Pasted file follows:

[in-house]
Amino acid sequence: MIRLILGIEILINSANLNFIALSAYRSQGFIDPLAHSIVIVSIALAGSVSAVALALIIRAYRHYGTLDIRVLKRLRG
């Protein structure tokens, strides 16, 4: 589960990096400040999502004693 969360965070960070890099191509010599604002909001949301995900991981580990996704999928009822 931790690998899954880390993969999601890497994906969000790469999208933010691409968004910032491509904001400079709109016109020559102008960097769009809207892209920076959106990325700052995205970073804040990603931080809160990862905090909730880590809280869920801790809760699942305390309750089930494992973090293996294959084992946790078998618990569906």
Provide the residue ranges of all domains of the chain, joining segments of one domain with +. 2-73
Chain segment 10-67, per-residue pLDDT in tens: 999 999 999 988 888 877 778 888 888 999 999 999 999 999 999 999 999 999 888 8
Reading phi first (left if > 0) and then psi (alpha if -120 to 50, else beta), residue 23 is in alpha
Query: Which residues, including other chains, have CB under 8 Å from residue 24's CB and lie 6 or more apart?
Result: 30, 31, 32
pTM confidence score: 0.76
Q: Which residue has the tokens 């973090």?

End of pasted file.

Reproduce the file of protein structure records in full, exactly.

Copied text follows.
[in-house]
Amino acid sequence: MIRLILGIEILINSANLNFIALSAYRSQGFIDPLAHSIVIVSIALAGSVSAVALALIIRAYRHYGTLDIRVLKRLRG
């Protein structure tokens, strides 16, 4: 589960990096400040999502004693 969360965070960070890099191509010599604002909001949301995900991981580990996704999928009822 931790690998899954880390993969999601890497994906969000790469999208933010691409968004910032491509904001400079709109016109020559102008960097769009809207892209920076959106990325700052995205970073804040990603931080809160990862905090909730880590809280869920801790809760699942305390309750089930494992973090293996294959084992946790078998618990569906």
Provide the residue ranges of all domains of the chain, joining segments of one domain with +. 2-73
Chain segment 10-67, per-residue pLDDT in tens: 999 999 999 988 888 877 778 888 888 999 999 999 999 999 999 999 999 999 888 8
Reading phi first (left if > 0) and then psi (alpha if -120 to 50, else beta), residue 23 is in alpha
Query: Which residues, including other chains, have CB under 8 Å from residue 24's CB and lie 6 or more apart?
Result: 30, 31, 32
pTM confidence score: 0.76
Q: Which residue has the tokens 């973090």?